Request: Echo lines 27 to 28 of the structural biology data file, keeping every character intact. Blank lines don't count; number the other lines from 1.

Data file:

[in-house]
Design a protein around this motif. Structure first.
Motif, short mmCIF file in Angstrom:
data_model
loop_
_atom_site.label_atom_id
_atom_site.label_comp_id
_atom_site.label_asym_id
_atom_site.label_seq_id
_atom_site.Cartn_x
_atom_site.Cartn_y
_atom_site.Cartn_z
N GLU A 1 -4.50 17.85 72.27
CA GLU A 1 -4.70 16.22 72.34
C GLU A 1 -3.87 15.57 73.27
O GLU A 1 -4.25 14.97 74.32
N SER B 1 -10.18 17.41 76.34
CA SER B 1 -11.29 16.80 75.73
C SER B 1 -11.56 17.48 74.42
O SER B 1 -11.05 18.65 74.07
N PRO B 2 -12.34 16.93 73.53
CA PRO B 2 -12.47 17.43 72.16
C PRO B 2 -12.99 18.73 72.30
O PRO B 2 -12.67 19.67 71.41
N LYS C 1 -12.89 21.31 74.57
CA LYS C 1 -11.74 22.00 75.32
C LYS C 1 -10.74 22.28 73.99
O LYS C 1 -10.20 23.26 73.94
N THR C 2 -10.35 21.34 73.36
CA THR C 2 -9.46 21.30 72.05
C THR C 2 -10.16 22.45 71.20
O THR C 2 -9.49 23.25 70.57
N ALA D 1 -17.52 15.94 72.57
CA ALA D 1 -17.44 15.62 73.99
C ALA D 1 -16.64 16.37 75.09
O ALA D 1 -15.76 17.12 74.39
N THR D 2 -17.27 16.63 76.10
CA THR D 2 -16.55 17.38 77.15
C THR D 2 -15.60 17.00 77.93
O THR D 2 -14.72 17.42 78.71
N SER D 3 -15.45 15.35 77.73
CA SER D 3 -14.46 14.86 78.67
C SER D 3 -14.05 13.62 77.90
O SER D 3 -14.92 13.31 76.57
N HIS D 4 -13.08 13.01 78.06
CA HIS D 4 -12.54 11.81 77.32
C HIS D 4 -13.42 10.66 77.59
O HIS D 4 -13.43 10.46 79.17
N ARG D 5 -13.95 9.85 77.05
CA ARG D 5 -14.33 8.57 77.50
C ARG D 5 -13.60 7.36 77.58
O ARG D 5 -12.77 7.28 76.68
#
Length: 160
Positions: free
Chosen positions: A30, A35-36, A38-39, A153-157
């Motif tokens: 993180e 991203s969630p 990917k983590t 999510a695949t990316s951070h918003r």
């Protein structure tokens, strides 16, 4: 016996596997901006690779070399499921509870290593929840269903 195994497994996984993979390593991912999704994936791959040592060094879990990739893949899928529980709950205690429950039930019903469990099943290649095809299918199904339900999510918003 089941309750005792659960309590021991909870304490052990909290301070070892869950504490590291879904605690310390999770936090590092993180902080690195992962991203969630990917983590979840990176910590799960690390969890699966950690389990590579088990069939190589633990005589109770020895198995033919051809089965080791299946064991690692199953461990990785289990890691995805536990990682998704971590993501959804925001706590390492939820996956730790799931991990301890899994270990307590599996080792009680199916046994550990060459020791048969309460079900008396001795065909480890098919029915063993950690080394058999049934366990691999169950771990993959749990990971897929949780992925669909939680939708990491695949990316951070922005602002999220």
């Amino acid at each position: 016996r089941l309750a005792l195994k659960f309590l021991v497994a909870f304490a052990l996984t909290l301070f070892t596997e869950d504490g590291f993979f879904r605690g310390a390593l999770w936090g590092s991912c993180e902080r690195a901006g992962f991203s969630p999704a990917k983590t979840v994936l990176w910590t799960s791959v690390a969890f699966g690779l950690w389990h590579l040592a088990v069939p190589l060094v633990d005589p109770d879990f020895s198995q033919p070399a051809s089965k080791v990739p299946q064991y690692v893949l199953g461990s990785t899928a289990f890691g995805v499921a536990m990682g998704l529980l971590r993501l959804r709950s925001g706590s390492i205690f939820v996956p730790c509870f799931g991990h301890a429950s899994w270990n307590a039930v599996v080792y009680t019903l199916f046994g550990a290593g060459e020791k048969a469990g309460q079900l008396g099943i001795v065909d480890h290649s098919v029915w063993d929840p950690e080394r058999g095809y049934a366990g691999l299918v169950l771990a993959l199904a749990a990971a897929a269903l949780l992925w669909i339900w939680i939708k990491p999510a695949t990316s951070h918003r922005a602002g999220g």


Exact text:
C LYS C 1 -10.74 22.28 73.99
O LYS C 1 -10.20 23.26 73.94